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Page:Popular Science Monthly Volume 4.djvu/432

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altered; the effects are strange, unexpected, and the method of their production involved in mystery.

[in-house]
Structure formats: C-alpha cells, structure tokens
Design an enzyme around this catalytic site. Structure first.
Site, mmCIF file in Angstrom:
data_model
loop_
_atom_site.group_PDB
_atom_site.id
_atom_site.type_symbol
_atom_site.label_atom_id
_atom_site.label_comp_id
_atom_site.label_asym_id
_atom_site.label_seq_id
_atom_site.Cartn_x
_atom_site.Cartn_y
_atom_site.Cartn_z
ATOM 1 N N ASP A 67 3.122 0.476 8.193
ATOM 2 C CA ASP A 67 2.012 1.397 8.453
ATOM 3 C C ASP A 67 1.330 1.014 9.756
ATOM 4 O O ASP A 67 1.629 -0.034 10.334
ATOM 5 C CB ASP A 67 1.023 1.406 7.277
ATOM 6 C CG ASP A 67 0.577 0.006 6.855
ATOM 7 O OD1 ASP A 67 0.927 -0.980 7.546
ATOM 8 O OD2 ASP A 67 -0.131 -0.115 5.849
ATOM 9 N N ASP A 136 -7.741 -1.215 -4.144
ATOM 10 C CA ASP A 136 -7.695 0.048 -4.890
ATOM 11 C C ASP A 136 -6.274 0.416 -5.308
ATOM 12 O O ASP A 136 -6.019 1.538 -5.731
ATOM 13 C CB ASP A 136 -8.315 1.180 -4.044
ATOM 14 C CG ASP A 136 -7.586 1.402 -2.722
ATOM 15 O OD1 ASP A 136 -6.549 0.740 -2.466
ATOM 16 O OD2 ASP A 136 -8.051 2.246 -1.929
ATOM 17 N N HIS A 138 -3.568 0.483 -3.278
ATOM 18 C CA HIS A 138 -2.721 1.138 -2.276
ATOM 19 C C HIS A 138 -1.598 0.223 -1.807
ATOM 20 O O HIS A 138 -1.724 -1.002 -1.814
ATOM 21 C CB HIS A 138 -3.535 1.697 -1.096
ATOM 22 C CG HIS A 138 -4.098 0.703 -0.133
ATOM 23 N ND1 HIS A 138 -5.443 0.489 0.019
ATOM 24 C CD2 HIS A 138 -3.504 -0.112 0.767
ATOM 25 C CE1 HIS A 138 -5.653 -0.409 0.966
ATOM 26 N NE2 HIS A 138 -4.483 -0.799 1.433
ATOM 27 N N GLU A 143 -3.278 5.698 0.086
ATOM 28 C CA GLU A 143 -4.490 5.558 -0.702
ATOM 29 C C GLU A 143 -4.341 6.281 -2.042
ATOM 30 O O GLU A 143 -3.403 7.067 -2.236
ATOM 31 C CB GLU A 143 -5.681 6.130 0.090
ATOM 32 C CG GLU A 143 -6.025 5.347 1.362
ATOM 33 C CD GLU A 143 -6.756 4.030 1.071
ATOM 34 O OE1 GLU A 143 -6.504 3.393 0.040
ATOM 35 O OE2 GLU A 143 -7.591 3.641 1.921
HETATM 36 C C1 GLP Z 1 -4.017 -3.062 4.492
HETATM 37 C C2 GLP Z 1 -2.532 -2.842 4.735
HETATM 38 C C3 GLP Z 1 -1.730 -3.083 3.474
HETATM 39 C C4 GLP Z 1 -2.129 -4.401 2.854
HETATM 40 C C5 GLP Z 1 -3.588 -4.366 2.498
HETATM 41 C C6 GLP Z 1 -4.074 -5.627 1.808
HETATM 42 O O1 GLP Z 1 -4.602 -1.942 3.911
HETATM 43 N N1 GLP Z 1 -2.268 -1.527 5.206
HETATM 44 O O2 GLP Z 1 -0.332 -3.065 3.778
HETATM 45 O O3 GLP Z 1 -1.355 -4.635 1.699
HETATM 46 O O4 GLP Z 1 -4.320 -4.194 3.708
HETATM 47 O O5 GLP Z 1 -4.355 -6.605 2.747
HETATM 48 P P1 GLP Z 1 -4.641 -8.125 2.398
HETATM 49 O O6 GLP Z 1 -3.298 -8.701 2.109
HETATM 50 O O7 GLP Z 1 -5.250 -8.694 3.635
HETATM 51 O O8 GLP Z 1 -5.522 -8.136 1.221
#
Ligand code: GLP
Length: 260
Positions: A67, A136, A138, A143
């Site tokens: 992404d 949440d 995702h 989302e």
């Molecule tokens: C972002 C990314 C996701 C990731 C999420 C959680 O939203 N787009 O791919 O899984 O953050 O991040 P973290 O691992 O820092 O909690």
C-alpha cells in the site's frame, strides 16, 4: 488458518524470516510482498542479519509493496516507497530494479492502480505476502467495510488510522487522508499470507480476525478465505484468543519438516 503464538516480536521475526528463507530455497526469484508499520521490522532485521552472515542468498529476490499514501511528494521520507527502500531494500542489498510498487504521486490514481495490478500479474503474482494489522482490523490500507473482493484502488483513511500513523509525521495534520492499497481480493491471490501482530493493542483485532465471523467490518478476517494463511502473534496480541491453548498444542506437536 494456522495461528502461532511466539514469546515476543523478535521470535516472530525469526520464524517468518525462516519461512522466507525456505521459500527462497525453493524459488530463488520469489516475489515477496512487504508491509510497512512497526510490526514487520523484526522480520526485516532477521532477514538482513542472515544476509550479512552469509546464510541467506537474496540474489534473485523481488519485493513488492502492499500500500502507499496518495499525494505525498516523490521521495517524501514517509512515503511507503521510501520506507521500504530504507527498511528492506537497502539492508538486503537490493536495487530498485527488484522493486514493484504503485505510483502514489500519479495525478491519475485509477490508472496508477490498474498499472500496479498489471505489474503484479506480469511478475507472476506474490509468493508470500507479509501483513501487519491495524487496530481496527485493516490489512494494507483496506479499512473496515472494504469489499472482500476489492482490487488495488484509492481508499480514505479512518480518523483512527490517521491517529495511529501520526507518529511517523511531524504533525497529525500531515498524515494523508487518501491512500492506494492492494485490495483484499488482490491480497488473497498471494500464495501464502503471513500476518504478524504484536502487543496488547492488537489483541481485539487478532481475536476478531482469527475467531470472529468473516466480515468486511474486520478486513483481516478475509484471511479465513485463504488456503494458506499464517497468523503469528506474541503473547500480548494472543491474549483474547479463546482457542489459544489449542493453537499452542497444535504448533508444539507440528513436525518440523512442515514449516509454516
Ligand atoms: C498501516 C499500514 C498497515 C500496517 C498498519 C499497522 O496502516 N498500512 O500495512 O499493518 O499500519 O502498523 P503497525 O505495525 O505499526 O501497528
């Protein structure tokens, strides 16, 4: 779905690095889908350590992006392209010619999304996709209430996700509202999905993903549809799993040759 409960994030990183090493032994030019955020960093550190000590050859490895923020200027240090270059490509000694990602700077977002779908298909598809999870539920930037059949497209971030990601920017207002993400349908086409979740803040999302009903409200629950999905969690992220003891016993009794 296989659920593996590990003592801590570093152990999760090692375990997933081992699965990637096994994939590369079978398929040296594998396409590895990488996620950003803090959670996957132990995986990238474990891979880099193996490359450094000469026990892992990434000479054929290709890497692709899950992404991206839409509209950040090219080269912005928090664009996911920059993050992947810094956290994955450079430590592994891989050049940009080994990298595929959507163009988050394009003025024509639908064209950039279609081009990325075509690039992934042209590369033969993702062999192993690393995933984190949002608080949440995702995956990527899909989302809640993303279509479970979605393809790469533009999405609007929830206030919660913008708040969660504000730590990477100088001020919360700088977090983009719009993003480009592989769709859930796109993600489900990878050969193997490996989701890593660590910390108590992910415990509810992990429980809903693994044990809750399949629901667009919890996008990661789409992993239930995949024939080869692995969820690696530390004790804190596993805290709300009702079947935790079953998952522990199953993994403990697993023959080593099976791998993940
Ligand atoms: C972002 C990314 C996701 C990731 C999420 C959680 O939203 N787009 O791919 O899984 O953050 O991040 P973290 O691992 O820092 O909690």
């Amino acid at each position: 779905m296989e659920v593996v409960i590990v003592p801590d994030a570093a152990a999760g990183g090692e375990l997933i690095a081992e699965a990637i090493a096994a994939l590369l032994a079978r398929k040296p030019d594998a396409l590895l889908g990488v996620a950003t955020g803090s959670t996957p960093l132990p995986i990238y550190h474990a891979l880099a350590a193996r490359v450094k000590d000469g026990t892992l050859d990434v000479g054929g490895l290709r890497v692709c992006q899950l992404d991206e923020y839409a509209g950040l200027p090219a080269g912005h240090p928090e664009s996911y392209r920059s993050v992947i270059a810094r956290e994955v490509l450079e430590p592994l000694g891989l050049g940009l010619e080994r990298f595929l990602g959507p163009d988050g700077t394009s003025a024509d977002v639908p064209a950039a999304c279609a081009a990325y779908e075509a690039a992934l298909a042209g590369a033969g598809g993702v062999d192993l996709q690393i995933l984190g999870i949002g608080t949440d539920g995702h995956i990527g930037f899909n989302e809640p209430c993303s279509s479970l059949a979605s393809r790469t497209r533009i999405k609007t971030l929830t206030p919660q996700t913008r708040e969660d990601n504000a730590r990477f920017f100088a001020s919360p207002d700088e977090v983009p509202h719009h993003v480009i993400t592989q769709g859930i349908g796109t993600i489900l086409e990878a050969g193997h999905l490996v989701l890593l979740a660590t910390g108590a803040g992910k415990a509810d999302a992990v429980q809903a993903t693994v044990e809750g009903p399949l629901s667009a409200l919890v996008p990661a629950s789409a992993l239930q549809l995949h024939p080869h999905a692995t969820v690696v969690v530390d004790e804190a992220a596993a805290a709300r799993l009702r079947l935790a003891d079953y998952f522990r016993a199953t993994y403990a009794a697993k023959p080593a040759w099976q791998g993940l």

Let me take some examples, and the first shall be a coarse, rough one, involving powerful effects and sensations. If, by the aid of properly-contrived machinery, we communicate merely to the hand fifty or sixty energetic vibrations in a second, a peculiar and powerful sensation is produced, resembling that of a prolonged electric shock, and at the same time the hand becomes clinched, and cannot be opened by an effort of the will. In this experiment the vibrations are communicated to the hand by direct contact with a solid piece of metal. Let us select a more refined case, and employ as the exciting cause twenty or twenty-five vibrations per second, not of metal, but of air. Helmholtz found that, when vibrations of this kind, or, what is the same thing, when aërial waves, forty or fifty feet in length, were presented to the ear, the result was not sound, but an unbearable tickling sensation; as he shortened the waves, the effect altered gradually, until at last, when their length had been reduced to about thirty feet, he perceived a low, deep, musical note. If we undertook to extend his experiment, we should find that shortening the length of the wave raised the pitch of the note; that waves, five or six inches in length, furnished quite shrill notes; and that, finally, upon diminishing the wave-length to three or four tenths of an inch, the sound would become inaudible. It is quite certain that vast multitudes of still shorter waves exist, but we are deaf and blind to them; in us they excite no sensation. At this point there begins for us a great blank, in which, as Prof. Peirce once remarked, there is room for the play of not less than a dozen new senses, each as extensive as that of sight. Crossing, in imagination, this vast, unknown chasm, let us still pursue the shortening waves, and endeavor to trace their presence in a new region. We began with the heavy vibrations, the hammer-like strokes of a rod of metal, and exchanged them for the gentler aërial pulses, but now the air itself has become too coarse to transmit the far more delicate and minute waves which we next encounter: this is a feat which can only be accomplished by the all-pervading ether. Our new waves are very short; an army of ten thousand, marching in single file, would find room in an inch; but, though small, they are swift in motion: they will travel seven times around the earth in a second, and then be prepared for an interstellar journey. When they impinge on us, compensating for small size by vast number, they still produce a powerful sensation—we call it heat. Their effect upon the ear or eye is about the same as upon any other portion of the body; our ears are deaf, our eyes blind to them. But the state of the case alters when their length has been reduced to about the thirty-thousandth of an inch; they now become capable of acting on the eye, and with its aid we begin to perceive a faint red-brown color. Always shortening our wavelength, we find that the tint brightens into a pure red hue, changes